Formally known as the Farmdweller Rights Settlement Project, AFRA’s innovative Pathways Project – affectionately named after being descibed as mapping “pathways out of poverty” – is an initiative funded by the European Union that facilitates consensus between landowners, farm dwellers and government around how to settle the rights of ESTA occupiers and labour tenants to secure tenure and access to services.
The South African Government and the Courts have made important progress in defining the respective legal rights of owners and others living on their farms. However, the absence of an institutionalized and neutral system to administer ESTA and labour tenant rights on commercial farms means that their adjudication occurs on a case-by-case basis, with the Courts often the only recourse when disputes arise. This forces landowners and people living on their farms into time-consuming and costly negotiations to resolve the myriad of disputes that can arise. The global pressures on the profitability of farms and the struggles of the rural poor to secure decent livelihoods compound these conflicts, making it urgent to negotiate new ways forward.
The project focuses on the Richmond and Umshwathi Local Municipalities and aims, together with government, land owners, ESTA occupiers and labour tenants, to develop a framework containing new models for how the rights of ESTA occupiers and labour tenants to secure tenure and access to services could be settled.
The project draws on the Food and Agriculture Organisation (FAO) of the United Nation’s Voluntary Guidelines on the Responsible Governance of Tenure (VGGTs), which call on countries around the globe to:
- Recognise and respect all legitimate tenure right holders and their rights;
- Take reasonable measures to identify, record and respect legitimate tenure right holders and their rights, whether formally recorded or not; and
- Meet the duties associated with tenure rights.
The section in the VGGTs on the Administration of Tenure includes: Records of Tenure Rights; Valuation; Taxation; Regulated Spatial Planning, and Resolution of Disputes over Tenure Rights. These provide a good starting point for a discussion of what an appropriate land administration system for complex tenure arrangements on South Africa’s farms should consider.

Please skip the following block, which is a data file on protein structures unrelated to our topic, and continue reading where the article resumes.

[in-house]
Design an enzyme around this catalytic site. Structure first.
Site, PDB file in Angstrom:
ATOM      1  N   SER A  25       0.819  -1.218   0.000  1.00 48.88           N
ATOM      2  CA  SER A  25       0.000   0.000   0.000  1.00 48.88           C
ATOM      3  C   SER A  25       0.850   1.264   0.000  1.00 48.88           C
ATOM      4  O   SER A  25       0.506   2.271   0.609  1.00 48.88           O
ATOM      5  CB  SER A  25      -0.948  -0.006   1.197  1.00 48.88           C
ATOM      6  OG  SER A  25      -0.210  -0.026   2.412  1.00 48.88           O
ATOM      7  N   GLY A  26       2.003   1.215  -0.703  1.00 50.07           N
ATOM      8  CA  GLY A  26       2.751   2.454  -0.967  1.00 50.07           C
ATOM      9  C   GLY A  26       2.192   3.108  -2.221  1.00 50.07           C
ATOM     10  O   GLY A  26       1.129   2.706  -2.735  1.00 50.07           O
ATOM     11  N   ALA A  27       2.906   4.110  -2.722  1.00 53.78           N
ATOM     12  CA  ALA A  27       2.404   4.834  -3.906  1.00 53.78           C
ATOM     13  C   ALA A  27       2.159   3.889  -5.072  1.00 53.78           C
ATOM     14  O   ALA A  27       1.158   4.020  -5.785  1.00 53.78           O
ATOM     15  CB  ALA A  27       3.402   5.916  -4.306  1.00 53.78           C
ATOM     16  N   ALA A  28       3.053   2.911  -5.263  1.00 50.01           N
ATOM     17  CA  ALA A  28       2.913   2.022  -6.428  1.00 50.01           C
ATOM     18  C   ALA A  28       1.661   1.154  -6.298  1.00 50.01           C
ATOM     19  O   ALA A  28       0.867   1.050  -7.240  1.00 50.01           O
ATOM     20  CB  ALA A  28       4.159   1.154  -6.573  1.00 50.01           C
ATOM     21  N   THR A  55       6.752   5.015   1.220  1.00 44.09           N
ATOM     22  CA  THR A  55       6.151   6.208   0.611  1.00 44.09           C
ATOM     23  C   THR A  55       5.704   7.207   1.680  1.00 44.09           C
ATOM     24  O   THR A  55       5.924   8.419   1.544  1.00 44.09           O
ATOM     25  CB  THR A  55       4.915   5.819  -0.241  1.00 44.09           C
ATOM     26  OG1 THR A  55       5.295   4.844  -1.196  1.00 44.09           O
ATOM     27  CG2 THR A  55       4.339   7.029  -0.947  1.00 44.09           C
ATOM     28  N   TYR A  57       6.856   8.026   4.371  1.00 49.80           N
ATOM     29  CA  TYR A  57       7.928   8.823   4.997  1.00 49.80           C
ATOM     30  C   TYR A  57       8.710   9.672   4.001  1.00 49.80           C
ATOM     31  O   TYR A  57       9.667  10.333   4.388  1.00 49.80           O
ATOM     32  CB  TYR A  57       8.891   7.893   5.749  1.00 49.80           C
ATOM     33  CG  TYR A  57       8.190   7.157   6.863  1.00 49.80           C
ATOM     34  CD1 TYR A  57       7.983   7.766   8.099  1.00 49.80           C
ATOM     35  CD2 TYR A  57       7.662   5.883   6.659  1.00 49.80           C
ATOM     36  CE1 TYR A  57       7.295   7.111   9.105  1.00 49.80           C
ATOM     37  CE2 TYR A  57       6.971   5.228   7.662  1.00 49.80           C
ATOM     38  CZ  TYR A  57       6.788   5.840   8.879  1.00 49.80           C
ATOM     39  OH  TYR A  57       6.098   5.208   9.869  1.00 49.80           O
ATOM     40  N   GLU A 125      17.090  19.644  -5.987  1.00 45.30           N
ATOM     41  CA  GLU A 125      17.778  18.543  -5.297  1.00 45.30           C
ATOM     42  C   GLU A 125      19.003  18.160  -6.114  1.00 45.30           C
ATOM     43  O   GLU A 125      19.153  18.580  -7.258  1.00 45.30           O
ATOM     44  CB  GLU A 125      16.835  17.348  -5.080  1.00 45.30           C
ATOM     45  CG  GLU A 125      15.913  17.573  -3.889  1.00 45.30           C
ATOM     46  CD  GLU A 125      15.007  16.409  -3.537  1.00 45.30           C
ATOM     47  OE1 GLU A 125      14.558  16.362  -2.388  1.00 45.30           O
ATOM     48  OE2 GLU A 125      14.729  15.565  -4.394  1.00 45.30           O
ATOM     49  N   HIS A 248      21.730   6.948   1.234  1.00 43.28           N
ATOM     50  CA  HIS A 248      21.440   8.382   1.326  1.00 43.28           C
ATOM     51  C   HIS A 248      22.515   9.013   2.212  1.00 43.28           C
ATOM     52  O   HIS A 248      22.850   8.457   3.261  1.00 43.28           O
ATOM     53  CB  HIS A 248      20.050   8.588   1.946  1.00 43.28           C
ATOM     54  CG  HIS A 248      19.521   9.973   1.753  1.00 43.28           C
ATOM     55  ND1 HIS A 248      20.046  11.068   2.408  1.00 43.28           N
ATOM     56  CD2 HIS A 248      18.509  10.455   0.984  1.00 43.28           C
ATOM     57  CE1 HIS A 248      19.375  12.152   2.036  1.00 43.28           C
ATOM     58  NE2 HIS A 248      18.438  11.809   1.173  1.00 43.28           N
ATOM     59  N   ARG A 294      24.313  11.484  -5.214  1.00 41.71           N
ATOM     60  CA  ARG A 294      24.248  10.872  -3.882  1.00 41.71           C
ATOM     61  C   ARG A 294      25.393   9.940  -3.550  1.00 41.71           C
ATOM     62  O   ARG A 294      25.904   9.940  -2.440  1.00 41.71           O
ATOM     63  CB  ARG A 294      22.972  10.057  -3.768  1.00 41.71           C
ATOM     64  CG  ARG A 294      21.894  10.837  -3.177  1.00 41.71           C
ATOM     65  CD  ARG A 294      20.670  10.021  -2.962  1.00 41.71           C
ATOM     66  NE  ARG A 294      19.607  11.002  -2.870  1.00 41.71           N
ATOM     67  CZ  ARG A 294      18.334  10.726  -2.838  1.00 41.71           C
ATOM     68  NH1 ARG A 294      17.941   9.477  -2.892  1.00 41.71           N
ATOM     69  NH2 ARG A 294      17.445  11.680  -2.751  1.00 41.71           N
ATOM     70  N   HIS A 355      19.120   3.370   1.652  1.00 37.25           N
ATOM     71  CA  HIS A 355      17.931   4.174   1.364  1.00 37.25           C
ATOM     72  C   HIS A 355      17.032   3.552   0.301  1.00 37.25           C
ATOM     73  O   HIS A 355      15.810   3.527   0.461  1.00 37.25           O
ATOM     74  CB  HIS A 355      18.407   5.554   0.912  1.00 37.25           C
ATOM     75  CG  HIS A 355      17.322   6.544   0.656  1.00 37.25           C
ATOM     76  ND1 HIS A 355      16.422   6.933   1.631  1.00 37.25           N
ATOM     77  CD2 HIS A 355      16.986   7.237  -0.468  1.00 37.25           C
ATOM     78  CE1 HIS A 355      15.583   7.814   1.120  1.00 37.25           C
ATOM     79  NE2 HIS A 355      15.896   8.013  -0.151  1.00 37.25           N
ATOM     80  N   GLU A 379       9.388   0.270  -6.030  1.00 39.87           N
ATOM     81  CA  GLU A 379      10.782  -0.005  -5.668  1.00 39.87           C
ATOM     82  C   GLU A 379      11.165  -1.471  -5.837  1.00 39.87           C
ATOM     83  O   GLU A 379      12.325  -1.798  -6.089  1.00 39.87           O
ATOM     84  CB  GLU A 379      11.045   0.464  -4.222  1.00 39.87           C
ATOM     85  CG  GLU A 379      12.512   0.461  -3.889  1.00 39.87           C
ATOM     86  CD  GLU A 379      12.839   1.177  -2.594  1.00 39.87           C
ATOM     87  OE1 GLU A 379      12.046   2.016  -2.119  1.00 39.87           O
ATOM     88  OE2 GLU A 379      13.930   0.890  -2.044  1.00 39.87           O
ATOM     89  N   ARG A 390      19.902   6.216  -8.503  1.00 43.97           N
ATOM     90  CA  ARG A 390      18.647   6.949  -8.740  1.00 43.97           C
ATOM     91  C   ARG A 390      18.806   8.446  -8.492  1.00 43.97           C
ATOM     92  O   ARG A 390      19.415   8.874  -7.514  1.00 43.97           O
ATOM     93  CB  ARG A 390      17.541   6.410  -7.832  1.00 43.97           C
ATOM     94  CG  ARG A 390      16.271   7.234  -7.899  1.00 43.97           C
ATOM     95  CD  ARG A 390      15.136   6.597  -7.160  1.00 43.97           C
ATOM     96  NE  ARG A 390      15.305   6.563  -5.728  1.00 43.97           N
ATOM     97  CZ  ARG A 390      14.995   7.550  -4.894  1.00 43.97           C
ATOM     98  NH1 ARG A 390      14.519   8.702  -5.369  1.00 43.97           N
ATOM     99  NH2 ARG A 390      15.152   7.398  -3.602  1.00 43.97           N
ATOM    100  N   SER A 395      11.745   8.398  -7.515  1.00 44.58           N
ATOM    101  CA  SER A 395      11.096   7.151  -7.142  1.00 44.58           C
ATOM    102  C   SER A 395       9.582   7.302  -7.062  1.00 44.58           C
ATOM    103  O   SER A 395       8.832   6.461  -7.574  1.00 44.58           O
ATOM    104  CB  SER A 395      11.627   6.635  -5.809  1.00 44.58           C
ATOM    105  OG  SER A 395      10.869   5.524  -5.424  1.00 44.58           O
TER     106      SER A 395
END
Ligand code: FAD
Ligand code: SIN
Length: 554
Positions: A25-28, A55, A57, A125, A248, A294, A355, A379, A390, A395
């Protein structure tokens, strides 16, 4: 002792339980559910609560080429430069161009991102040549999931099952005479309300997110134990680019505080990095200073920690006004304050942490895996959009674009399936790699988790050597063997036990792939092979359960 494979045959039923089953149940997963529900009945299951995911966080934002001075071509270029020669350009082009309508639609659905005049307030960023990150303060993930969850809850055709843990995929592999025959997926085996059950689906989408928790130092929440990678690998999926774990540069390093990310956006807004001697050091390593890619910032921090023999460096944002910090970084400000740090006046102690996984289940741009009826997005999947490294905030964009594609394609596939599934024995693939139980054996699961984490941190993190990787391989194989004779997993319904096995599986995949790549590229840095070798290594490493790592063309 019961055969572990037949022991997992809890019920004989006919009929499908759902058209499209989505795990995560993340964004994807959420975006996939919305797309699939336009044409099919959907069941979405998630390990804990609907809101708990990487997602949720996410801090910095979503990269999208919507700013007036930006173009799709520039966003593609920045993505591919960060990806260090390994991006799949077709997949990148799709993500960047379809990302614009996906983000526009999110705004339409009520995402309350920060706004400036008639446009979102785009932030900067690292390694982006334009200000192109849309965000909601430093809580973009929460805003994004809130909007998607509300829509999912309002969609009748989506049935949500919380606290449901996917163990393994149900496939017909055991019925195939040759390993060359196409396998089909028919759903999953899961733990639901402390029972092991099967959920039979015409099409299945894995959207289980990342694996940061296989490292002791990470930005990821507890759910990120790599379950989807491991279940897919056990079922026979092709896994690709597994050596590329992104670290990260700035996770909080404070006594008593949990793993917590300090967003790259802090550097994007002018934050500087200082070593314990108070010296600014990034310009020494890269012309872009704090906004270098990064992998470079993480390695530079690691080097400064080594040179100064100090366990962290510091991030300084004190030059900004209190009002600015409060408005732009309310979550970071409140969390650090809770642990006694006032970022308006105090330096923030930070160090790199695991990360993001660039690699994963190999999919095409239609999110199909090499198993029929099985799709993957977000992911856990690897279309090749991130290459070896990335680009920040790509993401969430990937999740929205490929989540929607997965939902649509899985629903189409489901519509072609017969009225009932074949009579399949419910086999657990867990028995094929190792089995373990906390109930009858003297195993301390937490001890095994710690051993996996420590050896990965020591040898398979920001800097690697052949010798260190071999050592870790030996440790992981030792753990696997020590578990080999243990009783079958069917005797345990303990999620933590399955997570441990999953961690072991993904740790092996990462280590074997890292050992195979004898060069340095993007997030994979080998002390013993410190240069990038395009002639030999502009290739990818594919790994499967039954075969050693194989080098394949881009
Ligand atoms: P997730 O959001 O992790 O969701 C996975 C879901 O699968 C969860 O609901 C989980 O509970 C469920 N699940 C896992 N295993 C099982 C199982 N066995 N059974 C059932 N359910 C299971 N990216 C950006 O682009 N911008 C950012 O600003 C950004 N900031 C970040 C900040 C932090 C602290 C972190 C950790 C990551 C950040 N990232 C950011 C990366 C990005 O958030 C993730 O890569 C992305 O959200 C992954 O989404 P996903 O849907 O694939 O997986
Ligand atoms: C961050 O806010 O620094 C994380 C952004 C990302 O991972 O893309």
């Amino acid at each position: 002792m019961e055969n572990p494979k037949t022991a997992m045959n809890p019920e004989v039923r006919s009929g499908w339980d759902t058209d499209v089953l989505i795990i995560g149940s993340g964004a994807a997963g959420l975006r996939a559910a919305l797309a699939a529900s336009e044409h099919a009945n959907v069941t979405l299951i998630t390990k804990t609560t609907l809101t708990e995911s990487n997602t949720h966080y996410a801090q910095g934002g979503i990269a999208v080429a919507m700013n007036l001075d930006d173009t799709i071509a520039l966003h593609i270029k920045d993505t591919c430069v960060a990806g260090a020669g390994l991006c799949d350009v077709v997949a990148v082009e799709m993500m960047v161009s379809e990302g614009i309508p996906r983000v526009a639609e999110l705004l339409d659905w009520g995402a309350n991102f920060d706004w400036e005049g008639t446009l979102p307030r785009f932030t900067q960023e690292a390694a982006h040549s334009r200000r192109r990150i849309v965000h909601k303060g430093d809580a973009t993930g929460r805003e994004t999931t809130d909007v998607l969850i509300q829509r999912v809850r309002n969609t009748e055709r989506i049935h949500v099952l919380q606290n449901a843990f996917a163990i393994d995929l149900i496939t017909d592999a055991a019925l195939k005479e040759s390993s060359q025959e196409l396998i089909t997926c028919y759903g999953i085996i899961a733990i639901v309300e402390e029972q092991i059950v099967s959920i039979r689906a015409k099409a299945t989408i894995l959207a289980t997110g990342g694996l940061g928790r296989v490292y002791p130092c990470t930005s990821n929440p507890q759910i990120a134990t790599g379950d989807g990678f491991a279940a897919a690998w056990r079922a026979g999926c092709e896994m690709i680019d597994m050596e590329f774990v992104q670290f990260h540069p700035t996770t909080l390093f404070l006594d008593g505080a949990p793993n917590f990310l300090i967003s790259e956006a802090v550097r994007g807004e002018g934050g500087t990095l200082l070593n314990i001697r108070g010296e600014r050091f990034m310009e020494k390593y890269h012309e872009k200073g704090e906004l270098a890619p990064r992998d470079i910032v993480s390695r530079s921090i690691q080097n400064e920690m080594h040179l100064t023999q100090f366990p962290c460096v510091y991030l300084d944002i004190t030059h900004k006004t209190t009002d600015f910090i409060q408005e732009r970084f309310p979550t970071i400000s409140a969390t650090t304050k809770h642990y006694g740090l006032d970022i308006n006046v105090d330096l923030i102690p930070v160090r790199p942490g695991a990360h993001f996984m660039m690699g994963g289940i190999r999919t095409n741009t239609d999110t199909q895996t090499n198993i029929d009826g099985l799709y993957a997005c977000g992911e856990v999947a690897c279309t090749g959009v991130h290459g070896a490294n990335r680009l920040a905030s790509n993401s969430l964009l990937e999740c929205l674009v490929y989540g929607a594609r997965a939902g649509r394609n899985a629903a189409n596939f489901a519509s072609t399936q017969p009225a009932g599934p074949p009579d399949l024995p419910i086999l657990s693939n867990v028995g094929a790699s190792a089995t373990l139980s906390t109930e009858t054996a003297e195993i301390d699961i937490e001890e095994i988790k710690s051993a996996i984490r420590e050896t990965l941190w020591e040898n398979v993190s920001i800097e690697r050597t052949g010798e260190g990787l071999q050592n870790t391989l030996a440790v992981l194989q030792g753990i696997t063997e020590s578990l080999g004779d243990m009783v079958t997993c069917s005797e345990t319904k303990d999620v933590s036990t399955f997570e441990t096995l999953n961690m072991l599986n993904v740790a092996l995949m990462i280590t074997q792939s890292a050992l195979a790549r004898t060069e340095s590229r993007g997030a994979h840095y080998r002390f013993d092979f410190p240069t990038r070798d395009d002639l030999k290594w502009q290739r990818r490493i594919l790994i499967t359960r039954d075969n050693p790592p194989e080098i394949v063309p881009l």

South Africa’s countryside continues to manifest the spatial inequality of our history, and the poverty that accompanies this inequality. The particular way the country’s property system and economy have developed mean that this spatial inequality is a persistent challenge in the present. One aspect of this challenge is that no matter how willing landowners are to allow ESTA occupiers and labour tenants living on their farms to receive the services they are Constitutionally entitled to, government finds itself constrained in spending public money to develop land that is privately owned.
While these fiscal constraints are understandable, farm dwellers find themselves in a legal space of competing Constitutional imperatives: the rights of property owners on the one hand, and the right to services on the other. It is this “no man’s land” that has given rise to farm dwellers calling themselves the “forgotten citizens”. Addressing these structural misfits around such contentious and sensitive issues such as property rights of owners and rights of ESTA occupiers and labour tenants to basic services requires agreement between stakeholders at many levels.
A coherent and fair approach to managing the tenure rights of this persistent farm population is important to avoid deepening rural poverty and inequality. In this respect, it is important to state that the Pathways Project is not about the expropriation of land rights, but about the administrative systems to recognize already existing legal rights. These rights – defined and elaborated in the Extension of Security of Tenure Act (1997) and the Land Reform (Labour Tenants) Act (1996) – already circumscribe ownership rights over particular farmland spaces. What is missing is a land rights administration framework that provides a consistent and fair set of rules for determining what the nature and extent of these rights in relation to the rights of ownership.
AFRA therefore suggests that a first class land administration system that includes farms (along with communal areas, peri-urban shack settlements and group-owned redistributed farms) would be to the benefit of all South African’s and would allow individuals to securely enter into the tenure arrangements that best meet their needs. The Pathways Project believes that a first class land administration system would be one that is simple, equitable and transparent.
An effective land administration system is one that creates certainty around all land rights. Such a system should be uncomplicated and easily understood, fair to all parties, and aim at creating social stability by ensuring that the rules governing it are open and transparent.
AFRA’s primary task in the Pathways Project is to facilitate dialogue within and between each working space in order to develop consensus on how to develop an appropriate system for administering tenure rights on farms.